Lagos SMEs can’t breathe under epileptic electricity

Any developing country always takes the issue of electric power supply seriously. Nigeria is among Africa’s developing countries, which seem to be playing games with power supply to homes and businesses. JANET OGUNDEPO, in this piece, presents the pains of entrepreneurs due to erratic power supply in Lagos State

One would think that providing Small and Medium-sized Enterprises with the basic tools they need to make their businesses grow and overcome poverty would be atop the priority of a government that rode to power on the back of the promise to fight corruption and poverty.

But the reverse is the case in Nigeria, as erratic power supply hamstrings businesses, forcing some to go under, while resilient ones relocate to countries such as Ghana that promise a better deal.

According to a 2014 study on ‘Economic Implications of Constant Power Outages on SMEs in Nigeria,’ by Akuru and Okoro, constant energy has become one of the problems mitigating the development of SMEs in Nigeria and other African countries.

This brings to the fore the fact that as technology progresses and the way of doing business experiences a paradigm shift, there is need to provide commensurate resources to create a viable environment for business, and in this aspect, power supply.

Lagos, known for its business activities, with the highest Internally-Generated Revenue among other states in Nigeria, is a city grappling with electricity issues. Most parts of the state have their various tales of woe.

A study of Mushin, a buzzing area in Lagos State and home to many businesses, including industrial enterprises, reveals a bit of what small businesses in Nigeria suffer. The sound of traffic and business activities, the blaring speakers of traditional medicine marketers and music promoters, coupled with the noise of generators characterise everyday life in Mushin. One could hear the sound of big generators while passing by the streets that host the big companies.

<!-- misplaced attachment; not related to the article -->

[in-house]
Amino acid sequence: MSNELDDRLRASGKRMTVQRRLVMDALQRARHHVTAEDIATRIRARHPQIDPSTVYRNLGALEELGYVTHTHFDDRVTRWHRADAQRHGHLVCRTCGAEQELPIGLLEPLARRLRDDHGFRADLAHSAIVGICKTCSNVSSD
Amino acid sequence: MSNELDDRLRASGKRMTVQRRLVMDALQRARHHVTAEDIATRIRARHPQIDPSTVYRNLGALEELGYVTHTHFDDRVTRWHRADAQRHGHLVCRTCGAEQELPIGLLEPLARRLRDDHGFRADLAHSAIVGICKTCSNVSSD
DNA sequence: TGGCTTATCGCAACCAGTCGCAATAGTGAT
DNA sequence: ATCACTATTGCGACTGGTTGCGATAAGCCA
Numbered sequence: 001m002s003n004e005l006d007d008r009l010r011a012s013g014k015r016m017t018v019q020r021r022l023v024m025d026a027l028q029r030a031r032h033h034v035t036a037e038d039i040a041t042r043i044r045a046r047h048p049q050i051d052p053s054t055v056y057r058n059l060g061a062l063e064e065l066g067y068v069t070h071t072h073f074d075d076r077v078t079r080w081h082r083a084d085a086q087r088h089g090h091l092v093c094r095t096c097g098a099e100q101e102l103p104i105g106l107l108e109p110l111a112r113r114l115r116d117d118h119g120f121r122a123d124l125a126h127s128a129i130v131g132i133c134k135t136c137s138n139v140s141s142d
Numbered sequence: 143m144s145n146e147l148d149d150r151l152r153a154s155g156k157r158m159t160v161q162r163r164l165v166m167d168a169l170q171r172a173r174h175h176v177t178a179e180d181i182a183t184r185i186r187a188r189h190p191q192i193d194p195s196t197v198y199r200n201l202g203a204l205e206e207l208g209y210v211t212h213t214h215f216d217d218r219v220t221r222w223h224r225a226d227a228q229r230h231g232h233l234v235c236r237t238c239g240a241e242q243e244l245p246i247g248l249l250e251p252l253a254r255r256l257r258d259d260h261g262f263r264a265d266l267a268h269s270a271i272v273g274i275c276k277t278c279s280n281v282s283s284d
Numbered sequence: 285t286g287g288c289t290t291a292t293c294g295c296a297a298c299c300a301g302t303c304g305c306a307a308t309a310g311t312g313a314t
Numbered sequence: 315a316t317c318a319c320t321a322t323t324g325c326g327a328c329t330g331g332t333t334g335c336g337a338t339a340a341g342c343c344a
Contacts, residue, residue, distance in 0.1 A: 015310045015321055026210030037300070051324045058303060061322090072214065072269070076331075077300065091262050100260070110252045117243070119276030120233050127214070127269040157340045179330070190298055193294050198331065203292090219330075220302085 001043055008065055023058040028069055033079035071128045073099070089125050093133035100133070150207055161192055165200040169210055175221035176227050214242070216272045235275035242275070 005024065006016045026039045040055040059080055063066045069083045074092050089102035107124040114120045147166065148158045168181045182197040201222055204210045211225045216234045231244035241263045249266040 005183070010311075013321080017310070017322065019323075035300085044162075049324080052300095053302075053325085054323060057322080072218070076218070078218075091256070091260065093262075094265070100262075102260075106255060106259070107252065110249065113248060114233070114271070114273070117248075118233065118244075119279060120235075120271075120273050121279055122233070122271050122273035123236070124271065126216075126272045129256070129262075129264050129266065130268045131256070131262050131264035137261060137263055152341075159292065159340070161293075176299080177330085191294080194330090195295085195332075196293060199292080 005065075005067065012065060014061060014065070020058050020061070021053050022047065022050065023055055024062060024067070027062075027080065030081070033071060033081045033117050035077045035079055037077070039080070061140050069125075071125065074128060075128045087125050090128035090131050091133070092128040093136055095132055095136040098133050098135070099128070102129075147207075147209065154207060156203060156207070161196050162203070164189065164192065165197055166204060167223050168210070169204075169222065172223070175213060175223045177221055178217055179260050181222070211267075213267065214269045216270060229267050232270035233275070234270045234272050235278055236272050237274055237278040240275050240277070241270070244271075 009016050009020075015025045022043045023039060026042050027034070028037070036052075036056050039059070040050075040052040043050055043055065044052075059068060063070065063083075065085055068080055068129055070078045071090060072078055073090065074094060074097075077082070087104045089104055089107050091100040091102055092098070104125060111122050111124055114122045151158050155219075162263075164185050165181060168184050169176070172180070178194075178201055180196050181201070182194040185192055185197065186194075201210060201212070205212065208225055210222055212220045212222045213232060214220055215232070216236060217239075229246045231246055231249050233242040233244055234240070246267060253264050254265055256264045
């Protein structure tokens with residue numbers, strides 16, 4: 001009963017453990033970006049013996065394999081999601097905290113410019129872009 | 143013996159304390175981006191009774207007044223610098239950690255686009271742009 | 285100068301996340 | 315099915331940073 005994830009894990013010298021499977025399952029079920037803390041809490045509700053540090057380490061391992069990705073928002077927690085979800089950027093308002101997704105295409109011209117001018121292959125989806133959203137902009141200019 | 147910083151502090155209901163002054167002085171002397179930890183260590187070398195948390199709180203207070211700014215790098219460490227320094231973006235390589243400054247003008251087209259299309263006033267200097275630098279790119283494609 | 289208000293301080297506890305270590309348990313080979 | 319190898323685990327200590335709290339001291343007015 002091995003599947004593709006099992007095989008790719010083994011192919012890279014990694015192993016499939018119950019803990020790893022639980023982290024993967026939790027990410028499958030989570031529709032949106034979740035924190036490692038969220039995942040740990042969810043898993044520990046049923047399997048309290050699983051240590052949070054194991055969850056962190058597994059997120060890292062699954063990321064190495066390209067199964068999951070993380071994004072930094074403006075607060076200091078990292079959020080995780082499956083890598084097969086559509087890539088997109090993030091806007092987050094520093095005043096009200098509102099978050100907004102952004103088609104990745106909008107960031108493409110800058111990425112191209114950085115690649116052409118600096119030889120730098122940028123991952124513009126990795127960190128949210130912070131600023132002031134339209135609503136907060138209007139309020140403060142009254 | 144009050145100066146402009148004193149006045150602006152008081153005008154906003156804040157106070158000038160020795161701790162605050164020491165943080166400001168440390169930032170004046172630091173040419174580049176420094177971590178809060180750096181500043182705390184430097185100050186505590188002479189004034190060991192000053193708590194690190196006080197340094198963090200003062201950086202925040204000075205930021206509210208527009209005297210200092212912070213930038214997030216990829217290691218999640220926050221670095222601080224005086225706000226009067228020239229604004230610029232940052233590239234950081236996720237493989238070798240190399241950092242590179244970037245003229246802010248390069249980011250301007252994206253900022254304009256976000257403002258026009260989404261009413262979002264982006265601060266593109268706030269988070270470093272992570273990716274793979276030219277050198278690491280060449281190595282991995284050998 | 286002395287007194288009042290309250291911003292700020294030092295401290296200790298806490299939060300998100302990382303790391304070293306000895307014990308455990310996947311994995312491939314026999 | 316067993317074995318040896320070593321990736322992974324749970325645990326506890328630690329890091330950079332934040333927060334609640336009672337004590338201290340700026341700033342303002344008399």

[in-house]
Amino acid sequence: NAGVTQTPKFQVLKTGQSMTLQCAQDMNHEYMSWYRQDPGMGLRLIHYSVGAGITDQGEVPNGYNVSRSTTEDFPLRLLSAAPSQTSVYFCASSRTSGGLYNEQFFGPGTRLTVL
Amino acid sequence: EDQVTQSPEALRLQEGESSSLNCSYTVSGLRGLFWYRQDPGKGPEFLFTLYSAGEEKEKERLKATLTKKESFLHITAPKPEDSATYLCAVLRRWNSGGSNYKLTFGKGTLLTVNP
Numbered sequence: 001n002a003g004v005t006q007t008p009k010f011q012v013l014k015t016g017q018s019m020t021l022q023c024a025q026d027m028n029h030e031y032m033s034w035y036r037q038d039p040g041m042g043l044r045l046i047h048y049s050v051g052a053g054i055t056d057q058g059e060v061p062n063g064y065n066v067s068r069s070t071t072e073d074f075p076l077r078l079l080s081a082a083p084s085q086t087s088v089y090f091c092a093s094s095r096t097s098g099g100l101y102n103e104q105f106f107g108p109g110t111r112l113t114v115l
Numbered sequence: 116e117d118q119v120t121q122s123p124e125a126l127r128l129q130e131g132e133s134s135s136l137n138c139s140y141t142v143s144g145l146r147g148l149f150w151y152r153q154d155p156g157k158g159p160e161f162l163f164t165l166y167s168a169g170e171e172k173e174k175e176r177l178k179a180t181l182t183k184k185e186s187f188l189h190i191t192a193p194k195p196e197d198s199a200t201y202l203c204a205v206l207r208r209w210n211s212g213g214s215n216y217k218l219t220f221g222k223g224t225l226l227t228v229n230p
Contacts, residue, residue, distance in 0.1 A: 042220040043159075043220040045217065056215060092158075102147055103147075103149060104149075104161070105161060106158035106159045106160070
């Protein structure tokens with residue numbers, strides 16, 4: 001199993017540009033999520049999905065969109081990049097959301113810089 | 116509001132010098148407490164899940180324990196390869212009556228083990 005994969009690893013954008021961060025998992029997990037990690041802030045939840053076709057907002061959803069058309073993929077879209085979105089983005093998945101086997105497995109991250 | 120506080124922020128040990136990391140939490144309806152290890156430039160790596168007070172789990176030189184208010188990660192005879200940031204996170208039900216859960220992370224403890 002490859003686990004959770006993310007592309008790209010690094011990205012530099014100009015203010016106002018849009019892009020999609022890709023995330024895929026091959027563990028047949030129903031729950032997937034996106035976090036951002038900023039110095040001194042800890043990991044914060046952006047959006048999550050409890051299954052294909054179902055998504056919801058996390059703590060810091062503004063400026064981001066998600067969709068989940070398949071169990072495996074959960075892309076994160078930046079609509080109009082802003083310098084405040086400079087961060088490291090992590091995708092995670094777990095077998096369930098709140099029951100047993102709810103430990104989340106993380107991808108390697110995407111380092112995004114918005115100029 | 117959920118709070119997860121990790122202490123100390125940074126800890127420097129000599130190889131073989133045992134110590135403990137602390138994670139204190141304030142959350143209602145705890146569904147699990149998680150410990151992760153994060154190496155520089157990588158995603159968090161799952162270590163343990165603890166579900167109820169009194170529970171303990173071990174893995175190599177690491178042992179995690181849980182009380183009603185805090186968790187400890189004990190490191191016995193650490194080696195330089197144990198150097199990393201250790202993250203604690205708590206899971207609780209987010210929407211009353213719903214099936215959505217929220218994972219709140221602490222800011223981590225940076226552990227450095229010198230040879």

Some business owners reveal that the energy issues range from inconsistent supply, off-business time supply, faulty transformers and lines, outrageous bills and nonchalance of electricity distribution companies in rectifying faults.

Ayomide Olawore, who runs a barbershop that doubles as a centre for commercial photocopying, said, “Power supply is needed to run my business. If there is no light for two weeks, I use the generator all through.

“We use generator from 7p.m. till night. Our gas-powered generator lasts for three days. However, we do not add to the price customers pay when we use the generator. It affects the business because the profit is spent on gas.”

Noting that the problem had been with them for a long time, the stylist with Esteem Barbing Salon called on government to make power supply constant, to encourage their businesses.

“If there is constant light, everything will be settled,” he enthused.

Despite the constant power outage, the enterprising spirit makes small business-owners continue to thrive.

The Chief Executive Officer of Centurion Large Format and General Printing, Francis Igwe, laments that he spends about N6,000 on diesel every day.

“I bear the cost myself. I don’t add it to the price of work,” he said.

The story is same with the CEO of Divine Mercy Canteen, Johnson Azi, a Lagos-based caterer.

He said, “We hardly have light. But we have a generator, which is costly to maintain. The government should provide steady power.”

Even away from Mushin, the CEO of Feliken Designers, Felicia Alegu, who has a bag-making business in the Alimosho part of Lagos, faces the same challenge.

“Electricity supply in this part of the state is too poor. They supply light three times weekly, and that’s mostly at night. I use a manual sewing machine. I don’t use the generator often because I hate noise,” said Alegu.

For the small businesses, to encourage entrepreneurship in Nigeria, government should ensure constant power supply, which will reduce overhead cost and ultimately lead to cheaper goods and services.

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